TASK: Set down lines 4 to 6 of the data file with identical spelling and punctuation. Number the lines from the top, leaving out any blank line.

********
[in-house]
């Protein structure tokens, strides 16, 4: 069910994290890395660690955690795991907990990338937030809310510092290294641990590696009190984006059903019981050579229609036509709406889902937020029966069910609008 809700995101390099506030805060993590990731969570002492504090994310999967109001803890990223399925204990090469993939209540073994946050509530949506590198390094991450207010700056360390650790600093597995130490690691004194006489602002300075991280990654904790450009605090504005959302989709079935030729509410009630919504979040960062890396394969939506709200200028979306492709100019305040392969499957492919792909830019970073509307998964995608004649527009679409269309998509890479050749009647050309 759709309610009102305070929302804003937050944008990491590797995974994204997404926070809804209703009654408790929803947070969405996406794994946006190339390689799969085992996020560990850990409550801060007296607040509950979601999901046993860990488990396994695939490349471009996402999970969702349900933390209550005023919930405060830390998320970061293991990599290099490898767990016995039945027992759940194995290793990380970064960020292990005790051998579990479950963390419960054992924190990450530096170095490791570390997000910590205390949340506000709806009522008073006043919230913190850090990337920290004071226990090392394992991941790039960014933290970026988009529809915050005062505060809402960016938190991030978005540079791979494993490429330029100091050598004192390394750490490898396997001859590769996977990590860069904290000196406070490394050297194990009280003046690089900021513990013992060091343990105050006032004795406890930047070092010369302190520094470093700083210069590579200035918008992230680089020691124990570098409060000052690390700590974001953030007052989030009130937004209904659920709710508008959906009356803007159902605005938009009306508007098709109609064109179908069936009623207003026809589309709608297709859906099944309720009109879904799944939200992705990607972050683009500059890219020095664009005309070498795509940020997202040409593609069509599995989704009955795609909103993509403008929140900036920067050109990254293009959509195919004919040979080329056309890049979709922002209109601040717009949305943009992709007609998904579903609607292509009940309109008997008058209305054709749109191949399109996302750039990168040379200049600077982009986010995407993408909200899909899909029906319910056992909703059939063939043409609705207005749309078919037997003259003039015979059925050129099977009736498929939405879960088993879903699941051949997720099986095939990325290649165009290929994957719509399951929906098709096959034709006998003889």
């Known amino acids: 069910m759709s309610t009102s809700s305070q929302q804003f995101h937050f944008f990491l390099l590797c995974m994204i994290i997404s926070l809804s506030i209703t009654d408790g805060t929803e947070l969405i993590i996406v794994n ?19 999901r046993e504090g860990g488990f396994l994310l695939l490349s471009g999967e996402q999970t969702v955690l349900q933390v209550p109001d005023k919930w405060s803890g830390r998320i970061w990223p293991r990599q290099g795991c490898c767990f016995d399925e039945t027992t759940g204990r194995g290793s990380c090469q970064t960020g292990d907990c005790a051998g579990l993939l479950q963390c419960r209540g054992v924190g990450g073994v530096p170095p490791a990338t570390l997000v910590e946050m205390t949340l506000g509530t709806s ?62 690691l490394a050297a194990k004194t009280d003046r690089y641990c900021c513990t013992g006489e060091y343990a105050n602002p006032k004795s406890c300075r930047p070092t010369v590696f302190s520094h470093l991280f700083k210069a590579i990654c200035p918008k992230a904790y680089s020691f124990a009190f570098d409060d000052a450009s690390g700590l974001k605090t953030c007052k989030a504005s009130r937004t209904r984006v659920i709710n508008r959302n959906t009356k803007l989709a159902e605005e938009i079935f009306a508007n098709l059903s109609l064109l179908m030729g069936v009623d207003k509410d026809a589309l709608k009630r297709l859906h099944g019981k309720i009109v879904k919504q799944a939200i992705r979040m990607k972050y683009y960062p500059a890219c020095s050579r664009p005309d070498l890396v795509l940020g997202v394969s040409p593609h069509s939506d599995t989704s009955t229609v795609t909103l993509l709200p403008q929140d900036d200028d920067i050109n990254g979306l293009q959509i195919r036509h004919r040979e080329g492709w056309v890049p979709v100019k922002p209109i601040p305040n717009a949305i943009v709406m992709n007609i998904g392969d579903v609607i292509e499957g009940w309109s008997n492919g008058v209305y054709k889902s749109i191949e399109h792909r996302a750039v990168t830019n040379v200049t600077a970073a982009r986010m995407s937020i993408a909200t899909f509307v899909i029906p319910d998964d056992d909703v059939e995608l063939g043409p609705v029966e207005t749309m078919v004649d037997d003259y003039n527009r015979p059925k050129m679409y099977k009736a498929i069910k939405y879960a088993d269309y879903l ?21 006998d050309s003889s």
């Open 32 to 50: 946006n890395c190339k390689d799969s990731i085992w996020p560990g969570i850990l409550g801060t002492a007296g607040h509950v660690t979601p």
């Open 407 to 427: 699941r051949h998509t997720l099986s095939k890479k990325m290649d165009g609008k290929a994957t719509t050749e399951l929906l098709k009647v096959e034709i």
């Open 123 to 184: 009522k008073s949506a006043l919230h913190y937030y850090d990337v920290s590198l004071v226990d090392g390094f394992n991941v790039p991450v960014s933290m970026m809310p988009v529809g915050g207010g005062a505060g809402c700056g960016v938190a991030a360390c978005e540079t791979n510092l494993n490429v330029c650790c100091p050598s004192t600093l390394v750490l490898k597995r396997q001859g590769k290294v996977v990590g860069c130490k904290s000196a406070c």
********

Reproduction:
């Open 32 to 50: 946006n890395c190339k390689d799969s990731i085992w996020p560990g969570i850990l409550g801060t002492a007296g607040h509950v660690t979601p």
């Open 407 to 427: 699941r051949h998509t997720l099986s095939k890479k990325m290649d165009g609008k290929a994957t719509t050749e399951l929906l098709k009647v096959e034709i």
């Open 123 to 184: 009522k008073s949506a006043l919230h913190y937030y850090d990337v920290s590198l004071v226990d090392g390094f394992n991941v790039p991450v960014s933290m970026m809310p988009v529809g915050g207010g005062a505060g809402c700056g960016v938190a991030a360390c978005e540079t791979n510092l494993n490429v330029c650790c100091p050598s004192t600093l390394v750490l490898k597995r396997q001859g590769k290294v996977v990590g860069c130490k904290s000196a406070c």